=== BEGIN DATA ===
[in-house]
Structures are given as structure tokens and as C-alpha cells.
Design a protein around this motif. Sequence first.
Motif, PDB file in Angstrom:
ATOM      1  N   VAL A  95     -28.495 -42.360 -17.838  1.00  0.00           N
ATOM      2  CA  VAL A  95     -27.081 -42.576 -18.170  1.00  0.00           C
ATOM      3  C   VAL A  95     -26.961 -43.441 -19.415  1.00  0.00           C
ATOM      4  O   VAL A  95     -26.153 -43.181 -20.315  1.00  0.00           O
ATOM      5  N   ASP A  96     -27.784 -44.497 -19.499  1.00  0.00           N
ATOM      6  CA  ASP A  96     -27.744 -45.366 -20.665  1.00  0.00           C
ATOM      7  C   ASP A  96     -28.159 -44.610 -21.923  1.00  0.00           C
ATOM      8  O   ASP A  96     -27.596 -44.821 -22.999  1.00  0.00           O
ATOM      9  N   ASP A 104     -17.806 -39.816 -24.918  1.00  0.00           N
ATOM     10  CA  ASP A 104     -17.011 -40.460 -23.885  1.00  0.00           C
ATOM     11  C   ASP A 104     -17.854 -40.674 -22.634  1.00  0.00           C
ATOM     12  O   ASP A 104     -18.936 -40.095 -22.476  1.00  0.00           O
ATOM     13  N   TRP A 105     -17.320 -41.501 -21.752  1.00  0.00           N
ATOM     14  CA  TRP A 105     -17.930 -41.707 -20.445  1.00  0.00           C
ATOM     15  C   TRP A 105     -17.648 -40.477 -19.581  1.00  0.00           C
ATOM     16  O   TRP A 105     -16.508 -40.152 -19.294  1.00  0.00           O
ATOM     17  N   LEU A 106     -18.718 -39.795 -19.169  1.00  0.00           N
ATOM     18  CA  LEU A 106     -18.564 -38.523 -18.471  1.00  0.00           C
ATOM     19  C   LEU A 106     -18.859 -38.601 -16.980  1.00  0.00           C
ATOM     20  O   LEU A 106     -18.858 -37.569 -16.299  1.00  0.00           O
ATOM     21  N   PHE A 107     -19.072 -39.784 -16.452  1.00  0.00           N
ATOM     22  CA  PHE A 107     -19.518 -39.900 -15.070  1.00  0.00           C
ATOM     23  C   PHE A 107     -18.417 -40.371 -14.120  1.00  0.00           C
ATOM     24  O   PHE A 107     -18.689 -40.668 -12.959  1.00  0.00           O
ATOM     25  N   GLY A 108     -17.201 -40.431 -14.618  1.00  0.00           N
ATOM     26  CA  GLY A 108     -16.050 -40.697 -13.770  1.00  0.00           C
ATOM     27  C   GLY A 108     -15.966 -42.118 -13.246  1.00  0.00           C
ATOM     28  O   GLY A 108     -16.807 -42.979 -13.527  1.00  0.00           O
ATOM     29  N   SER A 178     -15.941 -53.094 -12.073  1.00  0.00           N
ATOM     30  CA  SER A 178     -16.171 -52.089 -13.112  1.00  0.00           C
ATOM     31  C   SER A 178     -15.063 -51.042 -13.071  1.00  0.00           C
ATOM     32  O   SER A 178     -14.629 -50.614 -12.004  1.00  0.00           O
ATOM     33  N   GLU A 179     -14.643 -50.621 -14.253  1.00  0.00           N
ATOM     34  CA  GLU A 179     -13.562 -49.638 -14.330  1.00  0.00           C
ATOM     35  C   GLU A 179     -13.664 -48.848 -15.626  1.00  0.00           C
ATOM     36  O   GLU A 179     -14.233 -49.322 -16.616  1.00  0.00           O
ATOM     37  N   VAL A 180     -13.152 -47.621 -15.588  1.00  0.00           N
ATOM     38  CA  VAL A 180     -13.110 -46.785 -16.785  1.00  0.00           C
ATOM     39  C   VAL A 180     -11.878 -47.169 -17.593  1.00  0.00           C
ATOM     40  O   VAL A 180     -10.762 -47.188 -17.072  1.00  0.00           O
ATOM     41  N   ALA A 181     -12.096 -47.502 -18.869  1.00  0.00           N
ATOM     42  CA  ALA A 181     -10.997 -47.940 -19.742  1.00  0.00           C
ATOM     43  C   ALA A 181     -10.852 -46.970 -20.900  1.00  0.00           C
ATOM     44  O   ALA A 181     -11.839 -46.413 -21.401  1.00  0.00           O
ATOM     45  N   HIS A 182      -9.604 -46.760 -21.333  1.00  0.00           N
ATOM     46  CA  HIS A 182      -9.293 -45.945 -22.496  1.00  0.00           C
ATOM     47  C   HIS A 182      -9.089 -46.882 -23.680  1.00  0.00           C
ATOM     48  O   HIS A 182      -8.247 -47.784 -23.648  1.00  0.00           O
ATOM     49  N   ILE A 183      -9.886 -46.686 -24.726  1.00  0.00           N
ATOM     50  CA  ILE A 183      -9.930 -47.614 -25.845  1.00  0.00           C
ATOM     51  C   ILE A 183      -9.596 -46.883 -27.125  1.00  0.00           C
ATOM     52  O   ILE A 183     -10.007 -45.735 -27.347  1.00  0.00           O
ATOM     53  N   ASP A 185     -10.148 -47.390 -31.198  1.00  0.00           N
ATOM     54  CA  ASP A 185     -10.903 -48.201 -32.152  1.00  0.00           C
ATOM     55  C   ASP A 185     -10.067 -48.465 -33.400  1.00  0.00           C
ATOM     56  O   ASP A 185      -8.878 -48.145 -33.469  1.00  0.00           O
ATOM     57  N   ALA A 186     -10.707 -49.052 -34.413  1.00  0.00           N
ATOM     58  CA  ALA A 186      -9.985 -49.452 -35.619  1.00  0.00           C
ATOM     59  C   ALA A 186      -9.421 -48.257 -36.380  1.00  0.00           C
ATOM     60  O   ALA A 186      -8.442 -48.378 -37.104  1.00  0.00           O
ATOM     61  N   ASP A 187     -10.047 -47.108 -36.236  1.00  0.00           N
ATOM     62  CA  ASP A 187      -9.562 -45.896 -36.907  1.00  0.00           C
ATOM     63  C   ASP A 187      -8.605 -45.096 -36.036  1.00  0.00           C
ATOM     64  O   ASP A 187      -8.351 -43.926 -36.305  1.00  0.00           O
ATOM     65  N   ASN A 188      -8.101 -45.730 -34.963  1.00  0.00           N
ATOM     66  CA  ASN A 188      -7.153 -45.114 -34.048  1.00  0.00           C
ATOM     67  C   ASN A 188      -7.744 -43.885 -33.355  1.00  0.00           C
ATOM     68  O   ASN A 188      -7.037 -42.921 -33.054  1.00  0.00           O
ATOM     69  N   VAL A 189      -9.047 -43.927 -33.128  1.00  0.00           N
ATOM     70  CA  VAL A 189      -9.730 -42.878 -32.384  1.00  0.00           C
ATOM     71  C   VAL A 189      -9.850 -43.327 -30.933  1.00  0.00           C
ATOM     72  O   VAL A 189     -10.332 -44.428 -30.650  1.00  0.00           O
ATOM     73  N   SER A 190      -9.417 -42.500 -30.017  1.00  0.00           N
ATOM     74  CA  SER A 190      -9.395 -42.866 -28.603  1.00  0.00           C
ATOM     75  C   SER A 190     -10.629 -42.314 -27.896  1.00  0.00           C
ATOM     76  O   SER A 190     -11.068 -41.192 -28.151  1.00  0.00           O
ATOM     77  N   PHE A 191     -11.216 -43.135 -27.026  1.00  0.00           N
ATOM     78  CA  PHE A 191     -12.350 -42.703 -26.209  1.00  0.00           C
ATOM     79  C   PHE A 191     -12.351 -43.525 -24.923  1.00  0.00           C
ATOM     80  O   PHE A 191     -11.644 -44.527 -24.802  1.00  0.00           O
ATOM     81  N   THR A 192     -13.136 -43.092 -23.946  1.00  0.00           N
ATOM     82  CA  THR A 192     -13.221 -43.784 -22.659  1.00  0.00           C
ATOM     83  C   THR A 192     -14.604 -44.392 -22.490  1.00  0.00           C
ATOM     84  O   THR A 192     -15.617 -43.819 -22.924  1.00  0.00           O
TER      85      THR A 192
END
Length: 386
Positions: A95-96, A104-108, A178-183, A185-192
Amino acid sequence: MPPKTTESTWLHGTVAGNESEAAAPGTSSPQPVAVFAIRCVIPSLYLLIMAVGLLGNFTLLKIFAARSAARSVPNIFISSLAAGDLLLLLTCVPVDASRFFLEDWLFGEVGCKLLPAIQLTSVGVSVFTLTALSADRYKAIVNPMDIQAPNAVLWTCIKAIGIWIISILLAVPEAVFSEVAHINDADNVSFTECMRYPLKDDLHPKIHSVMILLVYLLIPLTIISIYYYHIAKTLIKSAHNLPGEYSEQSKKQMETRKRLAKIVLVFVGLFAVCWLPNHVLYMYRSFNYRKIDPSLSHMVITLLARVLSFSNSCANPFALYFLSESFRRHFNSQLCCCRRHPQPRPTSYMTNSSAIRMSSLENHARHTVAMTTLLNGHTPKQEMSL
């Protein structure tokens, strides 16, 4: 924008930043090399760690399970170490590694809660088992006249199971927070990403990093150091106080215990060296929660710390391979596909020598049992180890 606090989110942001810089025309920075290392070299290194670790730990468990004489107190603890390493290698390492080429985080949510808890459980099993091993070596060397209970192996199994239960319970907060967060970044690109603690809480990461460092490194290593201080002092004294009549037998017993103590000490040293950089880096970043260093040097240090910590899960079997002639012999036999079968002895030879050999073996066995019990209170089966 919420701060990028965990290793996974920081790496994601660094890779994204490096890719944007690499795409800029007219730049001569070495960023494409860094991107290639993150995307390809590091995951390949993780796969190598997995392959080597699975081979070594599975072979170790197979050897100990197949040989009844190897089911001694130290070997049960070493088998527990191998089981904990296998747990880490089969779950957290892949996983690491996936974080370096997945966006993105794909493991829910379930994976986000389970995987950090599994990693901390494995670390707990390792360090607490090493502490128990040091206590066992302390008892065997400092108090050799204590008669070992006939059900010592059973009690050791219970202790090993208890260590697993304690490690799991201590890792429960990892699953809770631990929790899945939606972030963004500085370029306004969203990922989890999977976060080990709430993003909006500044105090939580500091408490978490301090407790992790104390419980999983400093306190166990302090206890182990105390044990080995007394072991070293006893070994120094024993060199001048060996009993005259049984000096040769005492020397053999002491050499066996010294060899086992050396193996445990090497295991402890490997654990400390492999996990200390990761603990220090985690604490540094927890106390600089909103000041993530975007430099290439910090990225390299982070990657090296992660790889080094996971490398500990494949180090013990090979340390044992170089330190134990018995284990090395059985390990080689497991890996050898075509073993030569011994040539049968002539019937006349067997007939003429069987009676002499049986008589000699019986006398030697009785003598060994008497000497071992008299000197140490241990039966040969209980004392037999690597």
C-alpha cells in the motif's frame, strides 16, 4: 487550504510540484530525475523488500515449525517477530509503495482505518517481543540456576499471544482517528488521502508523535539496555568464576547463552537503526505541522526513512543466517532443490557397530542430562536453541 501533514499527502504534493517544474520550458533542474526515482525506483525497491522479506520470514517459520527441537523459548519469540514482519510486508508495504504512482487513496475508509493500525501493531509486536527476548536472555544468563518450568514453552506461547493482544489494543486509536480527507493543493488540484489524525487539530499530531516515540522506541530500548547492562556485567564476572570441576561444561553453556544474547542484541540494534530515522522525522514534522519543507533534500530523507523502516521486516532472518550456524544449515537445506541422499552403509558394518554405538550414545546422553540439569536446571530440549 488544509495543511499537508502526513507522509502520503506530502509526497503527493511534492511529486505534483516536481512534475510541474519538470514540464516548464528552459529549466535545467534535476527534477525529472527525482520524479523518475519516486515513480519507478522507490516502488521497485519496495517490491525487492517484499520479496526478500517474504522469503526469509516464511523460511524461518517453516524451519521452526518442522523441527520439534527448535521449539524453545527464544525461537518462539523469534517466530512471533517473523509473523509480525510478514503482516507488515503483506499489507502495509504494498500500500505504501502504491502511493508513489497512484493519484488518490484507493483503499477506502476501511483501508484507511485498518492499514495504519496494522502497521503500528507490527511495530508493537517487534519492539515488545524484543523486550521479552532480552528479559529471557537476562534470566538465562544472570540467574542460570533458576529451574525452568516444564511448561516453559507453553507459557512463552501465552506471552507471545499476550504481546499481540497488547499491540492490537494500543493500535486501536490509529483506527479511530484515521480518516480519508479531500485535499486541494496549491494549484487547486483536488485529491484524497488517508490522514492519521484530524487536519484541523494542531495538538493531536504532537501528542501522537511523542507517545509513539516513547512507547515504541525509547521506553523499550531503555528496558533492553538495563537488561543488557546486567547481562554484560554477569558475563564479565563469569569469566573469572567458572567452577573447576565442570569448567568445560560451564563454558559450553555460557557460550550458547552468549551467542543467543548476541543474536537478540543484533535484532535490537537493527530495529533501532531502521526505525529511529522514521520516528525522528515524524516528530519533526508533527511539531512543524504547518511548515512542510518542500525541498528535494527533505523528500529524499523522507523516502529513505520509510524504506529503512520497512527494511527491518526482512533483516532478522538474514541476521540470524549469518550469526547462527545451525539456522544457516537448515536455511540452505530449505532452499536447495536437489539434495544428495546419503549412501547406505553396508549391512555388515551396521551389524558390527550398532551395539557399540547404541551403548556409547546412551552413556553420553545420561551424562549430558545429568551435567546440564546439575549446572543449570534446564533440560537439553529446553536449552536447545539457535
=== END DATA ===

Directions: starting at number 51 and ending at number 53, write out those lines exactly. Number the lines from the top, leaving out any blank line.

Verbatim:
ATOM     47  C   HIS A 182      -9.089 -46.882 -23.680  1.00  0.00           C
ATOM     48  O   HIS A 182      -8.247 -47.784 -23.648  1.00  0.00           O
ATOM     49  N   ILE A 183      -9.886 -46.686 -24.726  1.00  0.00           N